Do not translate Apr 24, 2011

For me, the only exception is Brussels, where all the streets have names in two languages, and therefore for translation from French into Dutch or vv, one has to consult a map of Brussels in the target language. XX Avenue Louise (Bruxelles) = Louizalaan XX (Brussel). Leaving the address in the other language would be perceived as strange here.
Maybe the same is true for other bilingual countries or cities.


Direct link Reply with quote
 

Madeleine Chevassus  Identity Verified
France
Local time: 01:26
Member (2010)
English to French
I would only translate country Apr 26, 2011

@tomas

I recently translated a marketing brochure; at the end there was a list of affiliates with their addresses all around the world.

I assume they were postal addresses and translated but the country name, so that the mail could be forwarded to the right direction on each side.

example:

XXX
1 Herzogstrasse
54762 - München

Allemagne



Direct link Reply with quote
 
ma1cius
United Kingdom
Local time: 00:26
French to English
+ ...
I would only translate country but... Oct 24, 2011

I have had this conversation with Italian translators whose work I've proofread/revised/reviewed/checked and they seem adamant that the city name (particularly London) should be translated where there is a translation available (Londra).

I go with the logic that the ultimate target reader of an address is the postman, as mentioned by previous writers, and I don't see any reason for translating the city name (Can anyone give a good reason for doing so?), but I will normally translate the country (or add it in the target language if there is no country in the source text) as that may be necessary for the target language postal service to forward it on to the address country postal service.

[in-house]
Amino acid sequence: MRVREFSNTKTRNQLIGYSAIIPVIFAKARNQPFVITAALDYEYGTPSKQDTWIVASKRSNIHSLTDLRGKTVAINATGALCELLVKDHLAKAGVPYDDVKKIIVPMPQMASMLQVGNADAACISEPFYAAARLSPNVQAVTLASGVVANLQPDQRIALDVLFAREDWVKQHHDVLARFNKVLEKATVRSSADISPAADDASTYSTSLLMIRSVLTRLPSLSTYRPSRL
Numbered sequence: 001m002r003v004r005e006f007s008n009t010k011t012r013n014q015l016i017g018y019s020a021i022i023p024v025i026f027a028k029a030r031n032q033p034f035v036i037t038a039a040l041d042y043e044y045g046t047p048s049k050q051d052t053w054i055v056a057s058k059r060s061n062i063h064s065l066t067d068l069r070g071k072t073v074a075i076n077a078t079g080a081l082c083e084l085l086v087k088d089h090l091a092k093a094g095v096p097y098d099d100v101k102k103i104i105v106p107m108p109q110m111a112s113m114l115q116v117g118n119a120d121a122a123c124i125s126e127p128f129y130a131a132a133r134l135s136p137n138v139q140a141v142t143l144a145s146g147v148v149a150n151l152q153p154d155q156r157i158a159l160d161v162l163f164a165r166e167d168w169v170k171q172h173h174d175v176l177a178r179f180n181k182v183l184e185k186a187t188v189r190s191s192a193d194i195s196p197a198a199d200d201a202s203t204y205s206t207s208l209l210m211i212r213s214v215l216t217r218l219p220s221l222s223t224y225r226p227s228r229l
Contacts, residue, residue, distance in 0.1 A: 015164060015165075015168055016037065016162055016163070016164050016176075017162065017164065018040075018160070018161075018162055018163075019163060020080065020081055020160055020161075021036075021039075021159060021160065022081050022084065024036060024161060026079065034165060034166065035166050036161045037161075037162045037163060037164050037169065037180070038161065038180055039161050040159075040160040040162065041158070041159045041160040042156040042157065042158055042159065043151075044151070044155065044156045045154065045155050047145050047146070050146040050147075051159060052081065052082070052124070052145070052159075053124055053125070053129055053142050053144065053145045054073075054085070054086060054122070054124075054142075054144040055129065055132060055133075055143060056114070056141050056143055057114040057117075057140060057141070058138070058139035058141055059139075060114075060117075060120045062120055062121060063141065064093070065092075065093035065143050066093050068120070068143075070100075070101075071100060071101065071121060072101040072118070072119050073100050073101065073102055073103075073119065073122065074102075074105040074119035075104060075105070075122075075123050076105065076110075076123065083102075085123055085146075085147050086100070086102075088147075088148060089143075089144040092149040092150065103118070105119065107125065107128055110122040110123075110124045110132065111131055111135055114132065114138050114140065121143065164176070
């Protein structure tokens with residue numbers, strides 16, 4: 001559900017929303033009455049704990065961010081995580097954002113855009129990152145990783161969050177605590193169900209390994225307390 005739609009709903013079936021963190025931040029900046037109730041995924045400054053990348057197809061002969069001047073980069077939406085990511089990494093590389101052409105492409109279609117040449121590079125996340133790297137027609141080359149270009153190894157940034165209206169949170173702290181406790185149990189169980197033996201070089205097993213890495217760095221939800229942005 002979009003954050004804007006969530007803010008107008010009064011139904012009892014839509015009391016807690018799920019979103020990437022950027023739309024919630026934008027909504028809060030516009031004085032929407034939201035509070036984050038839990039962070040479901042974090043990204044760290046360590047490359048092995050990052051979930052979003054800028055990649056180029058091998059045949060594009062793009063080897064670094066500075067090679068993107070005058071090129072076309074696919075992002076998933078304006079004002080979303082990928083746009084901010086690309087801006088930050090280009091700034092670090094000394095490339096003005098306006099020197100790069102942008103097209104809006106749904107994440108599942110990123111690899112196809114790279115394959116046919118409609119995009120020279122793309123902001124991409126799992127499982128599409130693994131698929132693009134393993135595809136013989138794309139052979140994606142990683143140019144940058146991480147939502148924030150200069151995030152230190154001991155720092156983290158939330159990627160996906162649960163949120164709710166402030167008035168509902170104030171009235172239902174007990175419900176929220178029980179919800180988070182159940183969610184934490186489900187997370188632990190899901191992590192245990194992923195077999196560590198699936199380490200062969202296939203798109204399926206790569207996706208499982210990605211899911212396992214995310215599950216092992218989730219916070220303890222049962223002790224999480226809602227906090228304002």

There are, of course, occasions when that is less necessary as sometimes the translation recipient is already living in the same country as the address is based, in which case I would leave the address untouched.


Direct link Reply with quote
 


To report site rules violations or get help, contact a site moderator:


You can also contact site staff by submitting a support request »

Translating Addresses/streets

Advanced search







Anycount & Translation Office 3000
Translation Office 3000

Translation Office 3000 is an advanced accounting tool for freelance translators and small agencies. TO3000 easily and seamlessly integrates with the business life of professional freelance translators.

More info »
LSP.expert
You’re a freelance translator? LSP.expert helps you manage your daily translation jobs. It’s easy, fast and secure.

How about you start tracking translation jobs and sending invoices in minutes? You can also manage your clients and generate reports about your business activities. So you always keep a clear view on your planning, AND you get a free 30 day trial period!

More info »



Forums
  • All of ProZ.com
  • Term search
  • Jobs
  • Forums
  • Multiple search